Be patient, baseball players always say. It's a long season. The good and bad even out. As Mike Bordick said last year, "Hitters go through ups and downs."
No offense, Mike, but you don't know the half of it. The next time you enter Oriole Park at Camden Yards, stop by the press elevator and introduce yourself to Morris Richardson.
Now here's a man who knows the ups and downs of baseball.
He goes up.
He goes down.
The door opens.
The door closes.
All day or all night, for every Orioles home game, Richardson sits on a cushioned chair, punching buttons, hauling reporters to the press box, escorting television stars to the clubhouse, or making sure the president of the United States reaches his seat.
Up and down. Up and down. It's enough to make a mariner -- or a Mariner -- seasick.
"Some people can't take it," Richardson says.
The 76-year-old man is the guardian of the stadium's press elevator, one of the anonymous but essential people who make it possible for Brady and Raffy and Robbie to entertain an average of 45,000 fans each home game.
Think of it -- that's almost as many people as live in Towson. Seating, feeding and cleaning up after them requires a small army of part-time employees. Aramark, which handles all vendors and concessions, employs 1,200 workers at the ballpark.
But that's just for starters. There are also ticket sellers and ticket takers and ticket checkers and ushers and parking lot attendants and traffic cops and security police (44 for a normal game, 110 for the Yankees) and technicians and statisticians and first-aid nurses (three for a normal game, four for the Yankees) and groundskeepers and gatekeepers and seat cleaners and clubhouse attendants and batting practice pitchers and front-office workers and the three people who take turns bringing The Bird mascot to life.
They represent the team behind The Team. You see some: the attendant who takes your ticket, the usher who cleans your seat, the vendor who sells you a beer.
Wander through the park and you'll find the others, longtime Oriole fans like Richardson, who labor behind the scenes, making little more than the minimum wage but feeling as if they're part of the game.
They just rarely get to watch it.
"I've got your keys, Cal."
"I'll put them right here."
This is a moment. Not a real conversation, but a moment. This is something Bradley can take home with him to Glen Burnie -- Saw Cal after the game. He's a great guy. Just a brief exchange that your average Oriole fan would remember for a lifetime.
Bradley lives for these small moments. That's why he does it. That's why he stands in front of the Orioles clubhouse, next to a sign that warns AUTHORIZED PERSONNEL ONLY, making sure that nobody crosses this hallowed portal without the appropriate credential.
Bradley, 62, is one of two clubhouse attendants for the Orioles (the visiting team has its own attendants). They guard the clubhouse in shifts. The first shift begins four hours before the game and ends when the game starts. The second shift begins an hour and a half before the game and lasts until the players' wives and families leave.
If you work the first shift, you can watch a few innings before going home. If you work the second shift, you're stuck downstairs, in a tunnel under the stadium, listening to the game on a static-filled radio and visiting with a Baltimore police officer.
"You can't even hear the crowd down here," Bradley says.
He handled both shifts for the recent series against Atlanta because his partner, 68-year-old Reginald Disante, was in the hospital for an angioplasty.
The extra work was fine with Bradley. He didn't even know how much the job paid until he received his first paycheck. "My friends say I would have done it for nothing."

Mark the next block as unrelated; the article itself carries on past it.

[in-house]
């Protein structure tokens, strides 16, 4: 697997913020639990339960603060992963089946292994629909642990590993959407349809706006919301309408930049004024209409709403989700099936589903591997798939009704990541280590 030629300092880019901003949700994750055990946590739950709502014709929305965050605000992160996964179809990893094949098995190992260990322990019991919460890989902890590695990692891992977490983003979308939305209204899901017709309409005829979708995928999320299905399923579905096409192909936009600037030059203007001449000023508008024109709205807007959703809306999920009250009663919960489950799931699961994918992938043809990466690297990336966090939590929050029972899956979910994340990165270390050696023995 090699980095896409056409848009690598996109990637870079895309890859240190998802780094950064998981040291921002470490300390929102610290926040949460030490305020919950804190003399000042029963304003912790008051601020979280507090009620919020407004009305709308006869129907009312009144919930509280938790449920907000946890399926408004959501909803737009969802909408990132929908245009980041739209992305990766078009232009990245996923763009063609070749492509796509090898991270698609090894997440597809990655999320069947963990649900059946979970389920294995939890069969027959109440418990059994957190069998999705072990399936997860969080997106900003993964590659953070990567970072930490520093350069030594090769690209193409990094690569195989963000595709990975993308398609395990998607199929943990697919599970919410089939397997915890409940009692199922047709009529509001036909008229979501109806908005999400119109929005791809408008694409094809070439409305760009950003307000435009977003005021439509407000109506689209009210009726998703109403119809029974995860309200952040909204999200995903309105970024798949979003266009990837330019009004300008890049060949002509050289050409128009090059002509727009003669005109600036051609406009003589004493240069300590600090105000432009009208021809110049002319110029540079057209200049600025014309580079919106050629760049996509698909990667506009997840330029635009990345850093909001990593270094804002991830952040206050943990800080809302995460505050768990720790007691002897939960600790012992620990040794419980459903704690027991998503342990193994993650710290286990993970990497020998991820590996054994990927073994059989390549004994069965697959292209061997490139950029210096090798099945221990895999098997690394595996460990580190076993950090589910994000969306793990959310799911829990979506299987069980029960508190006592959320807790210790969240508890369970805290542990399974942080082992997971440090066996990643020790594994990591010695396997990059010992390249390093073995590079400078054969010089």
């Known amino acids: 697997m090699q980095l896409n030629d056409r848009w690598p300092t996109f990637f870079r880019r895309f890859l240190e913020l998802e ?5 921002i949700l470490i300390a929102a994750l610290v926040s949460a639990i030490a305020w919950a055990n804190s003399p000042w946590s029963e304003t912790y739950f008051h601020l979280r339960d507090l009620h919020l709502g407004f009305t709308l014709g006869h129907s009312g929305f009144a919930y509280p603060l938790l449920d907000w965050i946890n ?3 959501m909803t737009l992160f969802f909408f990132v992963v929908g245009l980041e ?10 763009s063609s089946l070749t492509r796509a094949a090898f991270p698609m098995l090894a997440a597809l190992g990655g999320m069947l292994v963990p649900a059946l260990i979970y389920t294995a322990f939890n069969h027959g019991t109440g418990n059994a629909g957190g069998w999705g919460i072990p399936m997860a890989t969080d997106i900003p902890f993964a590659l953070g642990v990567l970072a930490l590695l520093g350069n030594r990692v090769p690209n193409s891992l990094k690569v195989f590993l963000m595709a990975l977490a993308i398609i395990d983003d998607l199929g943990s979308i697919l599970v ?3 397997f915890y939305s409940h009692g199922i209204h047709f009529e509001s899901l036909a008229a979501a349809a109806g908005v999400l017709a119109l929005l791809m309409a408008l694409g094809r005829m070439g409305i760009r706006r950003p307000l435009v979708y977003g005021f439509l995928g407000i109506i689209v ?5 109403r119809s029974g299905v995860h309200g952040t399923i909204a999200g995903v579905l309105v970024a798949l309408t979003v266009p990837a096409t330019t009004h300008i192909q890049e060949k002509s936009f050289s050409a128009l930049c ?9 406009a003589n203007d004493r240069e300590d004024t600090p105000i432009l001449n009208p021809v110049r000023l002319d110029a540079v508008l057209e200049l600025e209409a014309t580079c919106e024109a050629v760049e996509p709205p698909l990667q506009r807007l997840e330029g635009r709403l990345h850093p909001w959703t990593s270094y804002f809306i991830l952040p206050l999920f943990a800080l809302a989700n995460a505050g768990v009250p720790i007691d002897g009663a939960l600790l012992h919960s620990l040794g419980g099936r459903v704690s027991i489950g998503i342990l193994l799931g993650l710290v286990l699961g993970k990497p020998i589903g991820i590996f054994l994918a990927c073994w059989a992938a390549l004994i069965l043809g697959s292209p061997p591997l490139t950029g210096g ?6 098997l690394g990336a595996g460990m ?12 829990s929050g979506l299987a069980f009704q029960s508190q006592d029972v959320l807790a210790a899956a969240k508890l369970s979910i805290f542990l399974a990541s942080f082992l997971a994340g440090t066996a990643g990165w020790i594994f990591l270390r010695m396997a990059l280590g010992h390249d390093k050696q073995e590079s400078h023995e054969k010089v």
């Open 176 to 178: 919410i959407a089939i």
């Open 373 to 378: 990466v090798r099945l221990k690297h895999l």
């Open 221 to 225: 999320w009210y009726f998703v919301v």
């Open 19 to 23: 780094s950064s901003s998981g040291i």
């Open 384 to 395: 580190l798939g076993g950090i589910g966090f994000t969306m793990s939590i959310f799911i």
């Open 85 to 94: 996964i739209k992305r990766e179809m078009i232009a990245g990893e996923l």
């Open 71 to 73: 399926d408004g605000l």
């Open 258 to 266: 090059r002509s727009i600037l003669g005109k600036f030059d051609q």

Bradley retired last year after 23 years as an electrician with the National Security Agency. His son-in-law's father worked at the stadium and wondered if Bradley would like to join him.
Was he kidding?
"I've always liked baseball," he says. "If I was home, I'd be watching it."
He thought the job would require him to prevent interlopers from reaching the clubhouse, but you'd need to be James Bond to penetrate ballpark security. There are three or four other checkpoints before you get to Bradley.
"If a guy looks like an athlete, I let them go," he says.
So he sits, greeting players -- "You get to say hi to them" -- checking names off his clipboard, listening to action on the radio and running errands, like getting sheets of statistics to Orioles manager Ray Miller before the game.
"Here you go, Mr. Miller."
"I feel like I'm part of the team," Bradley says. "They may not know me, but I know them."
The elevator door opens.
Morris Richardson looks at you.
"Where do you want to go?"
There are five floors and two options -- up or down. Richardson can haul 22 people per load. One day, he counted: He stopped 720 times and hauled 3,000 people.
The only time he knows what happens in the game is when a fan tells him or when he stops, opens the doors and peeks at the first-floor television.
The job has its perks. He has visited with Tim Allen, the star of "Home Improvement," and last year he met Lynda Carter, the star of the 1970s television series "Wonder Woman."
Richardson introduced himself.
"I'm Wonder Man."
She kissed him.
It's almost obligatory. Nearly every television broadcast of an Orioles home game shows a shot of smoke billowing in front of the warehouse with a mention of Boog Powell's barbecue stand on Eutaw Street.
What they don't tell you is that most of that smoke has first wafted in Jimmy Garippa's face.
He's the head chef. Three hours or so before game time, Garippa fills three giant Weber grills with charcoal -- he'll use 11 bags during a game -- and then loads the meat.
For those keeping score, that includes 1,000 pounds of beef, 350 pounds of pork and 200 pounds of turkey, cut into 80 slabs that are about the size of Mark McGwire's biceps.
Although he has worked at the park for two years, this is his first year as Boog's chef. A student at St. Mary's College in southern Maryland -- he hopes to become a pediatrician -- Garippa, 20, says the job is a good way to earn spending cash.
"It's a lot better than McDonald's."
But the ventilation isn't. By the end of the night, Garippa has swallowed so much smoke he should qualify for a free lung X-ray.
"I just try to block it out," he says.
It's easier to block out the game. Just a few feet away from right field, Garippa has yet to see a play this year, although he was almost hit in the head by David Segui's home run when the Seattle Mariners were in town.